In response, Hemione Hudson, head of audit at PwC, said, “We are disappointed that the results of the AQR inspection are below the high standards we are committed to achieving on all of our audits. Last month we launched a wide-ranging audit quality action plan to ensure we consistently deliver high quality audits.”


The firm was put under increased scrutiny last year and has showed improvement, albeit from a “low base”, said the FRC.

More than three quarters (76%) of KPMG’s audits required no more than limited improvements, compared with 61% in 2017/18. Of the FTSE 350 audits, 80% achieved this standard compared with 50% in 2017/18.

The increased scrutiny will continue “until KPMG has demonstrated a sustained improvement in audit quality”, the regulator said. “The FRC scrutiny will cover the impact of KPMG’s recently announced changes to governance of their audit practice, as well as on key aspects of the firm’s audit improvement plan, including the firm’s central review process and new audit guidance.”

KPMG still needs to improve: the quality of the audit of the valuation of financial instruments in financial services entities; the audit of loan loss provisions in financial services entities; the consideration and challenge of cash flow forecast assumptions in relation to the impairment of goodwill; and the consideration and challenge of management’s estimation of provisions.

Grant Thornton

Like KPMG last year, Grant Thornton’s audits have been put under “increased scrutiny” after the reports showed a fall in standards.

The watchdog revealed that, of the Grant Thornton audits the FRC assessed this year, just 50% were good or required limited improvements, down from 75% last year. Over the past five years, 26% of Grant Thornton’s inspected audits have required significant improvement.

In response, the FRC “increased its scrutiny” of the UK’s sixth largest firm, with steps including a new audit quality improvement plan and increasing the number of audits to be inspected in 2019/20.

The firm has come in for criticism recently for its audit work on café chain Patisserie Valerie and earlier this month announced an overhaul of its audit business.

The FRC review said that Grant Thornton “has made senior management changes in the past year and must now take urgent action to enable audit teams to improve audit quality significantly. The firm has recognised that the quality of its audits must improve and has shared details of the actions it intends to undertake. We have met the firm on a number of occasions to discuss the plan. We do not consider that the plan is, at present, sufficiently developed or detailed to deliver the firm’s objectives.”

It outlines the areas that require improvement as: the extent and rigour of challenge of management in areas of judgement; the consistency of audit teams’ application of professional scepticism; and the effectiveness of the audit of revenue, going concern, and the completeness and evaluation of prior year adjustments.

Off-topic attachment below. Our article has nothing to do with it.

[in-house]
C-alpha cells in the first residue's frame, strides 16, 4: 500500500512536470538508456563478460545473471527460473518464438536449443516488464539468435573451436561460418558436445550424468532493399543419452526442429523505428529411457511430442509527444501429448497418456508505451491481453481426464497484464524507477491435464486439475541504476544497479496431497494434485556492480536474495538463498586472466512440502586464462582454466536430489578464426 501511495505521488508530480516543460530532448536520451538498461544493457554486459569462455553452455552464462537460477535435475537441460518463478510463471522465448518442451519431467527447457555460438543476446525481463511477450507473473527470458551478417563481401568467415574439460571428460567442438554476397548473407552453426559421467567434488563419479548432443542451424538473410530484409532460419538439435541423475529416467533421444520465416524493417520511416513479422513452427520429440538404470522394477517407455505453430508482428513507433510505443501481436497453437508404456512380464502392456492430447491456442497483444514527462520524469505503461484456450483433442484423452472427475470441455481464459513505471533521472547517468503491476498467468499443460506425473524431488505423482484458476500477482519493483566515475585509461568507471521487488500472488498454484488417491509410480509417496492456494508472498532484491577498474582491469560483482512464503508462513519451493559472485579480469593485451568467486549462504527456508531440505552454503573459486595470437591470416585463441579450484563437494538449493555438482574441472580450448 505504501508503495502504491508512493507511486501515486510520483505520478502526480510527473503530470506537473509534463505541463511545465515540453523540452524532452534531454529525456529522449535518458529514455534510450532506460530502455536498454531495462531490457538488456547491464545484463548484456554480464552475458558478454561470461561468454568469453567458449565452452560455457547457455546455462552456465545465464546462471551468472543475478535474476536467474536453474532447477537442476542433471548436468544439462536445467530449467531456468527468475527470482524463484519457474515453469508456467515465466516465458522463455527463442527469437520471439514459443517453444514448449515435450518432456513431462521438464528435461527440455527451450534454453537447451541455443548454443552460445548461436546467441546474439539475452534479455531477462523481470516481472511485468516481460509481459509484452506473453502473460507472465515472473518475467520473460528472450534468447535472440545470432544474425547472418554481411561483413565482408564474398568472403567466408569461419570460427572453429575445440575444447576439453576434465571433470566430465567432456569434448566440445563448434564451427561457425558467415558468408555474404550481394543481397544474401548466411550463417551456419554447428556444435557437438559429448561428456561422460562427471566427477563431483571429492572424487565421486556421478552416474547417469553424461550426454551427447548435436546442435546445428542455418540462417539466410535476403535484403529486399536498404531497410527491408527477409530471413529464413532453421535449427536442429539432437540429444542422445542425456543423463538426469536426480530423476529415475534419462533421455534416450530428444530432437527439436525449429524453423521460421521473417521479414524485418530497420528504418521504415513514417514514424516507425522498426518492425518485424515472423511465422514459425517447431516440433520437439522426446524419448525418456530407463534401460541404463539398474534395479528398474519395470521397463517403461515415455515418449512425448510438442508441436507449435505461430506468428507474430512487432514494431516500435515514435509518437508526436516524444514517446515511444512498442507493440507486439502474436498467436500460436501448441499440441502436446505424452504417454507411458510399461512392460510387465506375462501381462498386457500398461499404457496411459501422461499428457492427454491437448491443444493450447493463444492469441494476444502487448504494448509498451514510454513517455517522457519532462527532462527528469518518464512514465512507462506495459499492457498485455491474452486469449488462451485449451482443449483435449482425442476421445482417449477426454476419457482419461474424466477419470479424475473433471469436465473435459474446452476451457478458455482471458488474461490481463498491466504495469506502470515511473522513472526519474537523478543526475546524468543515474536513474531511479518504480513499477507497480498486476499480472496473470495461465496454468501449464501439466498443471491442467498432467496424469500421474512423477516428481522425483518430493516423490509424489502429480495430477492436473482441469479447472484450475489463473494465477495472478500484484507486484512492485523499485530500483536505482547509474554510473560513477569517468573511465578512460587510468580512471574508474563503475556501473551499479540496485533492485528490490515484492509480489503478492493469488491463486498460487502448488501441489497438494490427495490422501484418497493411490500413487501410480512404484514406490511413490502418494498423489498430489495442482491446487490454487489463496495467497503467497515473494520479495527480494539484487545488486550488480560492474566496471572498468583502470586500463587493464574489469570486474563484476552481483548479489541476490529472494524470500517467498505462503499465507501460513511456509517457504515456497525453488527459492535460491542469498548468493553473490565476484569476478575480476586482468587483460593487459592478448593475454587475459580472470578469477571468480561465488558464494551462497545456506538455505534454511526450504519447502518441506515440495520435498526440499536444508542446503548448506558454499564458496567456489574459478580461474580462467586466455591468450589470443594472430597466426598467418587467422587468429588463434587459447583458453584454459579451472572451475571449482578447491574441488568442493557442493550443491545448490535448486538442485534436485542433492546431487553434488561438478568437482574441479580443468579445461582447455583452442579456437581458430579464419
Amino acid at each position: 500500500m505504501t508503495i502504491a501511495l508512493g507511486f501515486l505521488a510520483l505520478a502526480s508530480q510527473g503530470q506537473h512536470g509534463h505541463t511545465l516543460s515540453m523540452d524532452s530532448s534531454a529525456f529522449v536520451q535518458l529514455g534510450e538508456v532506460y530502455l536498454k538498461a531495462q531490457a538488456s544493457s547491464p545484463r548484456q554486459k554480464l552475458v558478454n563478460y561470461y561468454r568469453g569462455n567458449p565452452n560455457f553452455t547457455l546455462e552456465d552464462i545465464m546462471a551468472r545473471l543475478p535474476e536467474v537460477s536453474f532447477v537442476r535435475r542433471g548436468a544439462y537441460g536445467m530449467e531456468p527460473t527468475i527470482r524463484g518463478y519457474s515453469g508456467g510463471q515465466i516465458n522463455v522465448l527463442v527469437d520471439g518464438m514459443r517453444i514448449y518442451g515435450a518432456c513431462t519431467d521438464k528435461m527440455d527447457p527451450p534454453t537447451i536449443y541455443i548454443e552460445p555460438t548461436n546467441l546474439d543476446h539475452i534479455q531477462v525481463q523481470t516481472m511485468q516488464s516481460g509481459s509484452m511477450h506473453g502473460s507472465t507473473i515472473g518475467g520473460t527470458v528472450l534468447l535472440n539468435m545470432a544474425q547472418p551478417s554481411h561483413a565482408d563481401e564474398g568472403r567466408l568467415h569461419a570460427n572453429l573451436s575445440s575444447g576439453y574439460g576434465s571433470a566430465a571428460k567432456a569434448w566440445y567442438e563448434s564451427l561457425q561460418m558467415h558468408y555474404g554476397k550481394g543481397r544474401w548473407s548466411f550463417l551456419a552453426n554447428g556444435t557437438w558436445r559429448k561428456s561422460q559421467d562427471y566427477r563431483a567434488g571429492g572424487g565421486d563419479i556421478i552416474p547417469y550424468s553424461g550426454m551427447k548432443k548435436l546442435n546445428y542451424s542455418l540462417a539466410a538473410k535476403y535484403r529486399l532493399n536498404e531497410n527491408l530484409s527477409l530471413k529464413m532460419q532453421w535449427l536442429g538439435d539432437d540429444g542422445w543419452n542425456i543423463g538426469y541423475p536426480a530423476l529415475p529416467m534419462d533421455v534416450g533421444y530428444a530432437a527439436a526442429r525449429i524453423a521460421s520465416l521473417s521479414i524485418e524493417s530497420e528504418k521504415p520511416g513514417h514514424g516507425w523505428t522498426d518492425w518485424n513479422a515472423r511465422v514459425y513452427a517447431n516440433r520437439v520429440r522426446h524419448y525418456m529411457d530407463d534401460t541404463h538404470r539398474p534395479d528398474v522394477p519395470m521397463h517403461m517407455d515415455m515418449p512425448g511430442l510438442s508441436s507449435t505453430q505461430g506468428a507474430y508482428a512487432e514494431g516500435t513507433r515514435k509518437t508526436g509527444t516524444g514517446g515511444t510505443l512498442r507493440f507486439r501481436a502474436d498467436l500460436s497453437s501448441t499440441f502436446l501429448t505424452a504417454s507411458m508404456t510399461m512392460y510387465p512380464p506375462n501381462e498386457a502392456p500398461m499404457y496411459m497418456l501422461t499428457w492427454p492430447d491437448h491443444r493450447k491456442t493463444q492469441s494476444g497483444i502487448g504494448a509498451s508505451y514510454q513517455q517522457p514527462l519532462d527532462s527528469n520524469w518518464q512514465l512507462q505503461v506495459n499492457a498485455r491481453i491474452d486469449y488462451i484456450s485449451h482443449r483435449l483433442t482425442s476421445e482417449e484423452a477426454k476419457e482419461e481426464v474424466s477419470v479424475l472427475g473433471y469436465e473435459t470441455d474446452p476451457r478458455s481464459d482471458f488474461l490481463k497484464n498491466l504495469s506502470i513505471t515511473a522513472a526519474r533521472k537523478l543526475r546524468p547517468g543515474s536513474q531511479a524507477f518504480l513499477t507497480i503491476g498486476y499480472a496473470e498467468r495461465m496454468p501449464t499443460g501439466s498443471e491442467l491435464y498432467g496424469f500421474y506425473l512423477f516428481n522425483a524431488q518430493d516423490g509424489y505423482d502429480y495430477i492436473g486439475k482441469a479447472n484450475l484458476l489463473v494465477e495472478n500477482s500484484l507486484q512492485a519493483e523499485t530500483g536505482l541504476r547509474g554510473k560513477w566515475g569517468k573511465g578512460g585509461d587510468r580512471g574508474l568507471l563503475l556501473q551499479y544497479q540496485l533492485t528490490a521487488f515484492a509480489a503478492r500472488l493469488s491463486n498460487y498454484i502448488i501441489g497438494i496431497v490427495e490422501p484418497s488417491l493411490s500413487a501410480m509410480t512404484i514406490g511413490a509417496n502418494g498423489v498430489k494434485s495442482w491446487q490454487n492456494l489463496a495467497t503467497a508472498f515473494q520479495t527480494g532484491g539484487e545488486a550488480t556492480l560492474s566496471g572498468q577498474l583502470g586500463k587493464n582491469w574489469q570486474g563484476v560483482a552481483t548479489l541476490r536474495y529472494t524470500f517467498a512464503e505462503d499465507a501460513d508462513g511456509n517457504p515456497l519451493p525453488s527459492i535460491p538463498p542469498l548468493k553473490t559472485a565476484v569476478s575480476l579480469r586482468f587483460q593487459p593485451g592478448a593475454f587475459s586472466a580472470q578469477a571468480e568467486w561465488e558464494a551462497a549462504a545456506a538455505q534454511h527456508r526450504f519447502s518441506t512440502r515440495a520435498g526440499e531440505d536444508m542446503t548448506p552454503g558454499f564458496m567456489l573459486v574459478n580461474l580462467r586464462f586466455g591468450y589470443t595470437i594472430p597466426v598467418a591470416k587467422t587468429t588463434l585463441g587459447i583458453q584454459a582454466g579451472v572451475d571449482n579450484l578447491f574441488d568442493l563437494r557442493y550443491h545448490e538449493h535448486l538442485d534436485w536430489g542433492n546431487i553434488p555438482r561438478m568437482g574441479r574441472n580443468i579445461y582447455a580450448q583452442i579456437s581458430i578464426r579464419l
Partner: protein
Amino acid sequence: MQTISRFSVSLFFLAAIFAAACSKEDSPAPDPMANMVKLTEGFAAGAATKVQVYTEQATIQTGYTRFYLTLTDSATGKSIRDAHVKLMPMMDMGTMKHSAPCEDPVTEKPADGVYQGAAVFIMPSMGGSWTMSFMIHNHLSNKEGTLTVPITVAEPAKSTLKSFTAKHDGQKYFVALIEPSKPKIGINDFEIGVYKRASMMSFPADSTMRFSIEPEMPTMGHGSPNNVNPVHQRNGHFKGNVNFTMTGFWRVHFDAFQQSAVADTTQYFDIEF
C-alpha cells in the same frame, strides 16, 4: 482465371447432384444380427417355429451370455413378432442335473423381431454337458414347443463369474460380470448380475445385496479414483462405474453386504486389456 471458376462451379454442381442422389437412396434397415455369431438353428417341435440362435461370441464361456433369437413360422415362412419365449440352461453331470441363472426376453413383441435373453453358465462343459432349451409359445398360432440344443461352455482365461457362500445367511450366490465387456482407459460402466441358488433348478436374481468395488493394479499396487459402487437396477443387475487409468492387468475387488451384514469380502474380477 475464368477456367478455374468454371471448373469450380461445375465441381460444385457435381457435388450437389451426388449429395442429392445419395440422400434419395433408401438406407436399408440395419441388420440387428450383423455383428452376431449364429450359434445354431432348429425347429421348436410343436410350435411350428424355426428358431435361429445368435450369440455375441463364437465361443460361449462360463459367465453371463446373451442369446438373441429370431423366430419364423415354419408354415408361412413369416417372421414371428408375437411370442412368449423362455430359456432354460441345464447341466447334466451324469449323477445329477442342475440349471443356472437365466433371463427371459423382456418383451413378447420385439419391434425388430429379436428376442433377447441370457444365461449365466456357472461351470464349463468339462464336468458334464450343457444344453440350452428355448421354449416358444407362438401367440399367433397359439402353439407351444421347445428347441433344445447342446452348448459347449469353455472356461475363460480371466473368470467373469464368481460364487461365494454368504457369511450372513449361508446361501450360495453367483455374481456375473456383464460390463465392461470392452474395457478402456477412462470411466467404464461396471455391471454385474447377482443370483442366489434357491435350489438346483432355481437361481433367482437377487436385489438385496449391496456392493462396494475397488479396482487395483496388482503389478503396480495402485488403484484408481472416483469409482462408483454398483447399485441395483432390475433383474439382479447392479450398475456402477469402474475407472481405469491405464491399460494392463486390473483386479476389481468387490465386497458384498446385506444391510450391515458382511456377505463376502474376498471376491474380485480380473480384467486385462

Deloitte performed relatively well this year, with 84% of audits reviewed requiring no more than limited improvements, compared with 76% in 2017/18. There was slight drop in the quality of FTSE 350 audits - 75% compared with 79% in 2017/18. The FRC noted only “modest improvements in audit quality”.

The Big Four firm still needs to improve several areas, including: greater professional scepticism in the audit of potential prior year adjustments and related disclosures in the annual report and accounts; the extent of challenge of key estimates and assumptions in key areas of judgement, including asset valuations and impairment testing; the consistency of the quality of the firm’s audit of revenue; and greater consistency in the audit of provisions and liabilities.


EY improved its top line figures, with 78% of the firm’s audits requiring no more than limited improvements, compared with 67% in 2017/18. It almost made the FRC’s target in the FTSE 350, with 89% reaching this standard compared with 82% in 2017/18.

The firm noted that its “key individual review findings related principally to the need to:
• Increase the challenge and corroboration of management assumptions in relation to intangible assets.
• Improve reporting from the firm’s internal specialists on the key assumptions underpinning the estimation of provisions.
• Ensure consistency of the group audit team’s oversight of component audit teams.”


Seven out of eight audits reviewed were assessed as requiring no more than limited improvements – the same as in 2017/18.

The FRC said that BDO needed to strengthen audit procedures relating to the timing of revenue recognition and the evidence of appropriate challenge in relation to valuation judgements.